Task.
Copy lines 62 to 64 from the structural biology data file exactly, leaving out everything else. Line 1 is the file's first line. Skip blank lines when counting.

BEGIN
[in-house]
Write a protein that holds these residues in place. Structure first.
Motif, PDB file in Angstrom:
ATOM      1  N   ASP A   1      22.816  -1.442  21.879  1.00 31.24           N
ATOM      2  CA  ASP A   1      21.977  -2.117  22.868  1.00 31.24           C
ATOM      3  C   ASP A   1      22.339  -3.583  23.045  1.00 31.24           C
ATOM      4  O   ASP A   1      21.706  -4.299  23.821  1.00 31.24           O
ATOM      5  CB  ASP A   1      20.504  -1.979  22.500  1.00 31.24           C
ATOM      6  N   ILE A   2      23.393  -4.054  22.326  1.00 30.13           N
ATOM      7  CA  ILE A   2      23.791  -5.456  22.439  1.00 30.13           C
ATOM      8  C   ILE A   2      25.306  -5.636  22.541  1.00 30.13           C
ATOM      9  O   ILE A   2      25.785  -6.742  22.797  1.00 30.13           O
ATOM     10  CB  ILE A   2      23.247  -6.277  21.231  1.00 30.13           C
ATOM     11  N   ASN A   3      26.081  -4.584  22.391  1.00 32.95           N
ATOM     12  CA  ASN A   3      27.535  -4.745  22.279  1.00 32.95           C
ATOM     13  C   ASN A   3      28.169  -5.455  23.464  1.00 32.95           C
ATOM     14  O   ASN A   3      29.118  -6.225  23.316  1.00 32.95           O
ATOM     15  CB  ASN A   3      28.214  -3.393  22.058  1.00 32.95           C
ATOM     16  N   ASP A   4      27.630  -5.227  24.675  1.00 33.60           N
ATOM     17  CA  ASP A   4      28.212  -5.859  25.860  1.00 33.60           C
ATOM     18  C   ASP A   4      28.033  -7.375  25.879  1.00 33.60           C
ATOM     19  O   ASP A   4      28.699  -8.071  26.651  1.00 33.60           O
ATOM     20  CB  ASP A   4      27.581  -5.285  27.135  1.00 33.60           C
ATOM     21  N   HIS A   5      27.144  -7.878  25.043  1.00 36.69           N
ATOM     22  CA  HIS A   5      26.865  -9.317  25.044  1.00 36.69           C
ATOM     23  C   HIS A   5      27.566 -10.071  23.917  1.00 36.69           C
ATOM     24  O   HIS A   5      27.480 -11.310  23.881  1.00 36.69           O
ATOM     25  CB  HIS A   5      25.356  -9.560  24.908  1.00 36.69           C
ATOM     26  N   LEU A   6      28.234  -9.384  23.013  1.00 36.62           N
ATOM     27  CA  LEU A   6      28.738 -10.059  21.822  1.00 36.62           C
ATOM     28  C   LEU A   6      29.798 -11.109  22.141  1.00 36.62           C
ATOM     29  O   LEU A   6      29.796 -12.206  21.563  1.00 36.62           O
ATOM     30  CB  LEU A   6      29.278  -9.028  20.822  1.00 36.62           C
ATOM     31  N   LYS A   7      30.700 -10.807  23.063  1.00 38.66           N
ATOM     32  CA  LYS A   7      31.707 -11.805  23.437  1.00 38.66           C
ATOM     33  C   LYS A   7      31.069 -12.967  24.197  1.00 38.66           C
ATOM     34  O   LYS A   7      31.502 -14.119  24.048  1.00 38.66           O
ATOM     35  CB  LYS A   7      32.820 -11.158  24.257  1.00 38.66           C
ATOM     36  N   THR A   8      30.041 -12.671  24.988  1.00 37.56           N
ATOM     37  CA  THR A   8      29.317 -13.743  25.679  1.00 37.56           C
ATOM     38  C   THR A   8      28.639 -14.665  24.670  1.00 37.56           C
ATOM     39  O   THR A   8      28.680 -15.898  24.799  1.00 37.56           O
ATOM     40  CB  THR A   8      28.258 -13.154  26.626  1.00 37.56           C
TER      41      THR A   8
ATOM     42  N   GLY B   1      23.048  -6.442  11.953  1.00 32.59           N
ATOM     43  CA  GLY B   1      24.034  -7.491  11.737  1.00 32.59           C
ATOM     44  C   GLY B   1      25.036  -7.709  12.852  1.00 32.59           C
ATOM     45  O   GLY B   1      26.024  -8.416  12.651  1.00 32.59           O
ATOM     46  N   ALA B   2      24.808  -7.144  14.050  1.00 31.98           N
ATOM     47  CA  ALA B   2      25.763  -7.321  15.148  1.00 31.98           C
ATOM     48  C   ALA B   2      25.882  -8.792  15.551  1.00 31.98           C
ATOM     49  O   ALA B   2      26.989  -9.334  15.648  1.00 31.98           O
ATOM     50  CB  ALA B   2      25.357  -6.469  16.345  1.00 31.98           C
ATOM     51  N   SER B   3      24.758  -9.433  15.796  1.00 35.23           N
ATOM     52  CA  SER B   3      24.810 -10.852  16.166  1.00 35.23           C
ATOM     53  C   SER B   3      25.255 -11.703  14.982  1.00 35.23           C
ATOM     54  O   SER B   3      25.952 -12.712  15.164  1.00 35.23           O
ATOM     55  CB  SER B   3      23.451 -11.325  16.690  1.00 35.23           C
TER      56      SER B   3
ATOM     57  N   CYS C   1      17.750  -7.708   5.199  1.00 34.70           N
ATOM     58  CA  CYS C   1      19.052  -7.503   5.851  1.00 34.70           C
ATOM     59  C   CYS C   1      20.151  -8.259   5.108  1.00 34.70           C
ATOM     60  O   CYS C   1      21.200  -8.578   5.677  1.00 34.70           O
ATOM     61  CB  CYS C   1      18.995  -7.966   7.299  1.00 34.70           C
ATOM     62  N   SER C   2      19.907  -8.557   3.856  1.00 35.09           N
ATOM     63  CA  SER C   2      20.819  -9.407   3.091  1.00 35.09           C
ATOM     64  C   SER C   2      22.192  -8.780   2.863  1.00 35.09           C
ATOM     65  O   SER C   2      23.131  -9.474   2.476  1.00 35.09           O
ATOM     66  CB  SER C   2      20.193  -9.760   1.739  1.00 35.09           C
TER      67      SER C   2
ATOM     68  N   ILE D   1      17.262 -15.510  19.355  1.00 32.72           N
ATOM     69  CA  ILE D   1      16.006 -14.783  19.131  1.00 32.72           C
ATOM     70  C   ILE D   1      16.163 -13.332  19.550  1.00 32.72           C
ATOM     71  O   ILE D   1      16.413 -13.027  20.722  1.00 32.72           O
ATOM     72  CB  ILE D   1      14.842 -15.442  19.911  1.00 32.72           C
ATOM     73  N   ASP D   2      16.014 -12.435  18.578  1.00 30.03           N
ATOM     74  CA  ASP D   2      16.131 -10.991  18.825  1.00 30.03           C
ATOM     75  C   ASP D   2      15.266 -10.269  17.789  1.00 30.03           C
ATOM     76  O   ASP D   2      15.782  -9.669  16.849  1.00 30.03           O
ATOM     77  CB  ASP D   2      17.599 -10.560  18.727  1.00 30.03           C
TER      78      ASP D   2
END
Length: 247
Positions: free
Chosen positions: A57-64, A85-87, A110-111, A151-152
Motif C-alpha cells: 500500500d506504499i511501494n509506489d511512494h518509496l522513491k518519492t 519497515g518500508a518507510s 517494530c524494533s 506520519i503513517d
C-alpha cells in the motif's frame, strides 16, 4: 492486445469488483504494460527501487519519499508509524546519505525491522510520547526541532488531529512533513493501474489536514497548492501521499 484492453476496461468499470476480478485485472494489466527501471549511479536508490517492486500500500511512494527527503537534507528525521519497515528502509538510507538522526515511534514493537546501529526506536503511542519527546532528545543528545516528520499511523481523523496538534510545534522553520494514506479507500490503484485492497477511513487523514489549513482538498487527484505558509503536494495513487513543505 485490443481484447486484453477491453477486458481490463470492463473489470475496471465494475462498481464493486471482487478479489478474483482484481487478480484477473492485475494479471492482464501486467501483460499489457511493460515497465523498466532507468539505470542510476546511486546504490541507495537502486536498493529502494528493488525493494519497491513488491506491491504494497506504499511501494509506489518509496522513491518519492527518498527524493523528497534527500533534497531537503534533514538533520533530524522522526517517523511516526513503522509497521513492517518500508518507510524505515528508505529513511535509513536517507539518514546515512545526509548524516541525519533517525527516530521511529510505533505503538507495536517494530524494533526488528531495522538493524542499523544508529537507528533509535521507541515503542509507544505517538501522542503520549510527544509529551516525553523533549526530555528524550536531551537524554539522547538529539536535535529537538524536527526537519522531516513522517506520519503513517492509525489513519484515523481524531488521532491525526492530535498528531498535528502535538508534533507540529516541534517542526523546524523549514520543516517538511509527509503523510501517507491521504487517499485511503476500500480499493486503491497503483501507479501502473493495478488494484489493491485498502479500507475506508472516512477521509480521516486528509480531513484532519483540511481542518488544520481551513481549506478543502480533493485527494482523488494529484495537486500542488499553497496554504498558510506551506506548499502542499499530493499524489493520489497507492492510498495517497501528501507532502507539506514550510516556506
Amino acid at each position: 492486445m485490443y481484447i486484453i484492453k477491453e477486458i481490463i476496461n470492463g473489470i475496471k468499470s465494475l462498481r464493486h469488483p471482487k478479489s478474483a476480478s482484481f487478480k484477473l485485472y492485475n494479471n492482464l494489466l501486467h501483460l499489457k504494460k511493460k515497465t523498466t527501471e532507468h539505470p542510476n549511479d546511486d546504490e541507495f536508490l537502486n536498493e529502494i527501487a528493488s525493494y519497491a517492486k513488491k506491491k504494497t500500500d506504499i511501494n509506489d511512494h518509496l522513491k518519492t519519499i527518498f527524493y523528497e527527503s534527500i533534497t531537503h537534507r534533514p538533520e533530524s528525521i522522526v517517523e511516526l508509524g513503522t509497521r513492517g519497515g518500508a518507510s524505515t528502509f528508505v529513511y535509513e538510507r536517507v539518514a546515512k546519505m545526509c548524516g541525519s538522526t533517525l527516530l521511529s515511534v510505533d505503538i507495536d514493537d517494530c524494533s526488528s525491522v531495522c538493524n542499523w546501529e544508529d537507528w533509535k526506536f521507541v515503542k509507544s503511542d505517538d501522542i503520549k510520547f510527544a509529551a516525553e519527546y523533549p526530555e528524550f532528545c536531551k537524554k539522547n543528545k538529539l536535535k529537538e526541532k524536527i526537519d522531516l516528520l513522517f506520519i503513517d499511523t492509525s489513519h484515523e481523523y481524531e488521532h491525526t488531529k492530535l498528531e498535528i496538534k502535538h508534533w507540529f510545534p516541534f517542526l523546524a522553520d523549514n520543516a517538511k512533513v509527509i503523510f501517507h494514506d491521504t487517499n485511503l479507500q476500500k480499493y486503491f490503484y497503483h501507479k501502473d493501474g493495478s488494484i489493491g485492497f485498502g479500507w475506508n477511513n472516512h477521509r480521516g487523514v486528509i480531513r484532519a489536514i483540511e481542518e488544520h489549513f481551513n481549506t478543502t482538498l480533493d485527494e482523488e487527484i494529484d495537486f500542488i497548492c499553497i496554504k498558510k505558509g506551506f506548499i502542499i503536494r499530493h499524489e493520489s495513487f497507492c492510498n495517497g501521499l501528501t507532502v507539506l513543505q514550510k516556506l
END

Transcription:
ATOM     59  C   CYS C   1      20.151  -8.259   5.108  1.00 34.70           C
ATOM     60  O   CYS C   1      21.200  -8.578   5.677  1.00 34.70           O
ATOM     61  CB  CYS C   1      18.995  -7.966   7.299  1.00 34.70           C